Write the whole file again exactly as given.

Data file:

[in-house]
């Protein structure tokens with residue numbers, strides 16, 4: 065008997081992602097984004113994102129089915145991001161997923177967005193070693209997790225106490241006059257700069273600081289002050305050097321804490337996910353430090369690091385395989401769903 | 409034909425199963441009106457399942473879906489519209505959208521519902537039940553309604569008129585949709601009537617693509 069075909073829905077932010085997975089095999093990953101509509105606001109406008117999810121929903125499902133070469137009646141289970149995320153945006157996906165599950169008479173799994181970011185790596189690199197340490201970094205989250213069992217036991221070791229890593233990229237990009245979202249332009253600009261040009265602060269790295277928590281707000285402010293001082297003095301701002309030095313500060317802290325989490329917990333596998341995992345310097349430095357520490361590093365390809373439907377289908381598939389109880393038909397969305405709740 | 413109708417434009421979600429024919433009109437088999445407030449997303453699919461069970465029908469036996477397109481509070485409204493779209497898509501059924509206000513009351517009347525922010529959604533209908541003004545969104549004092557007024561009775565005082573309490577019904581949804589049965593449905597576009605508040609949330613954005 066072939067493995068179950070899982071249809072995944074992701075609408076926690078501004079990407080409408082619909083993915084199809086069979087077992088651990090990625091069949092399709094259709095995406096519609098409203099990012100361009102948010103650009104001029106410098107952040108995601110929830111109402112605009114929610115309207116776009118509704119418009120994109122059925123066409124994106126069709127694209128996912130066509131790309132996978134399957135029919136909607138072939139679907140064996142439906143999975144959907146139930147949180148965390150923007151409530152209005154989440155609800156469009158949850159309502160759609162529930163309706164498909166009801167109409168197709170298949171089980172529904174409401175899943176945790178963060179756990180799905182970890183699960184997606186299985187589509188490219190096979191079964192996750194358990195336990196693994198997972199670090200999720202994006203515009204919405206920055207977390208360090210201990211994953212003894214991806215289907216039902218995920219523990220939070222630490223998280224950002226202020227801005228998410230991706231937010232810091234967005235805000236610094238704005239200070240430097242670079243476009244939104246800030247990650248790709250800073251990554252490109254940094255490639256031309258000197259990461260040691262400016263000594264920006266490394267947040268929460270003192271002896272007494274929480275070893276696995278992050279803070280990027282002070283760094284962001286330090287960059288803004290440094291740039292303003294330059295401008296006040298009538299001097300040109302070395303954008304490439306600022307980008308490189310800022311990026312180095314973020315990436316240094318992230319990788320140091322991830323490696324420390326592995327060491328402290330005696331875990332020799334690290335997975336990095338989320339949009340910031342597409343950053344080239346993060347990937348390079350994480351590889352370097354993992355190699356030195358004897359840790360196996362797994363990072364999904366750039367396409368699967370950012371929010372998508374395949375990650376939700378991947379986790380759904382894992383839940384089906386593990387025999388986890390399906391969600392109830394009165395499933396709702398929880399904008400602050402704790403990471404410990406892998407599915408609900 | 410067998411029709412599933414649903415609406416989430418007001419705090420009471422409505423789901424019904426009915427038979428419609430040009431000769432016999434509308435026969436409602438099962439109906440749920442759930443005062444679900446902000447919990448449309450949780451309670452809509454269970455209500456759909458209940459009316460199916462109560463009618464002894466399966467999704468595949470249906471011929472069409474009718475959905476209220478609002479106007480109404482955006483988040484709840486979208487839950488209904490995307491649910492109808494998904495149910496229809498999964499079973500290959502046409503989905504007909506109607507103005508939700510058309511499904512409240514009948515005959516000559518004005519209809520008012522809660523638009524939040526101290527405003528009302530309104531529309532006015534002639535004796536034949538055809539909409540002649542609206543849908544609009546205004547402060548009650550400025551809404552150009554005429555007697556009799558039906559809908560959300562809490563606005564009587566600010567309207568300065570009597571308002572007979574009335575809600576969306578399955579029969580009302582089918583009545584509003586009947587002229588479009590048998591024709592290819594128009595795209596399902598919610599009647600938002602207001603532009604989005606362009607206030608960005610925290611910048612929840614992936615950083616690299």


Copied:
[in-house]
């Protein structure tokens with residue numbers, strides 16, 4: 065008997081992602097984004113994102129089915145991001161997923177967005193070693209997790225106490241006059257700069273600081289002050305050097321804490337996910353430090369690091385395989401769903 | 409034909425199963441009106457399942473879906489519209505959208521519902537039940553309604569008129585949709601009537617693509 069075909073829905077932010085997975089095999093990953101509509105606001109406008117999810121929903125499902133070469137009646141289970149995320153945006157996906165599950169008479173799994181970011185790596189690199197340490201970094205989250213069992217036991221070791229890593233990229237990009245979202249332009253600009261040009265602060269790295277928590281707000285402010293001082297003095301701002309030095313500060317802290325989490329917990333596998341995992345310097349430095357520490361590093365390809373439907377289908381598939389109880393038909397969305405709740 | 413109708417434009421979600429024919433009109437088999445407030449997303453699919461069970465029908469036996477397109481509070485409204493779209497898509501059924509206000513009351517009347525922010529959604533209908541003004545969104549004092557007024561009775565005082573309490577019904581949804589049965593449905597576009605508040609949330613954005 066072939067493995068179950070899982071249809072995944074992701075609408076926690078501004079990407080409408082619909083993915084199809086069979087077992088651990090990625091069949092399709094259709095995406096519609098409203099990012100361009102948010103650009104001029106410098107952040108995601110929830111109402112605009114929610115309207116776009118509704119418009120994109122059925123066409124994106126069709127694209128996912130066509131790309132996978134399957135029919136909607138072939139679907140064996142439906143999975144959907146139930147949180148965390150923007151409530152209005154989440155609800156469009158949850159309502160759609162529930163309706164498909166009801167109409168197709170298949171089980172529904174409401175899943176945790178963060179756990180799905182970890183699960184997606186299985187589509188490219190096979191079964192996750194358990195336990196693994198997972199670090200999720202994006203515009204919405206920055207977390208360090210201990211994953212003894214991806215289907216039902218995920219523990220939070222630490223998280224950002226202020227801005228998410230991706231937010232810091234967005235805000236610094238704005239200070240430097242670079243476009244939104246800030247990650248790709250800073251990554252490109254940094255490639256031309258000197259990461260040691262400016263000594264920006266490394267947040268929460270003192271002896272007494274929480275070893276696995278992050279803070280990027282002070283760094284962001286330090287960059288803004290440094291740039292303003294330059295401008296006040298009538299001097300040109302070395303954008304490439306600022307980008308490189310800022311990026312180095314973020315990436316240094318992230319990788320140091322991830323490696324420390326592995327060491328402290330005696331875990332020799334690290335997975336990095338989320339949009340910031342597409343950053344080239346993060347990937348390079350994480351590889352370097354993992355190699356030195358004897359840790360196996362797994363990072364999904366750039367396409368699967370950012371929010372998508374395949375990650376939700378991947379986790380759904382894992383839940384089906386593990387025999388986890390399906391969600392109830394009165395499933396709702398929880399904008400602050402704790403990471404410990406892998407599915408609900 | 410067998411029709412599933414649903415609406416989430418007001419705090420009471422409505423789901424019904426009915427038979428419609430040009431000769432016999434509308435026969436409602438099962439109906440749920442759930443005062444679900446902000447919990448449309450949780451309670452809509454269970455209500456759909458209940459009316460199916462109560463009618464002894466399966467999704468595949470249906471011929472069409474009718475959905476209220478609002479106007480109404482955006483988040484709840486979208487839950488209904490995307491649910492109808494998904495149910496229809498999964499079973500290959502046409503989905504007909506109607507103005508939700510058309511499904512409240514009948515005959516000559518004005519209809520008012522809660523638009524939040526101290527405003528009302530309104531529309532006015534002639535004796536034949538055809539909409540002649542609206543849908544609009546205004547402060548009650550400025551809404552150009554005429555007697556009799558039906559809908560959300562809490563606005564009587566600010567309207568300065570009597571308002572007979574009335575809600576969306578399955579029969580009302582089918583009545584509003586009947587002229588479009590048998591024709592290819594128009595795209596399902598919610599009647600938002602207001603532009604989005606362009607206030608960005610925290611910048612929840614992936615950083616690299």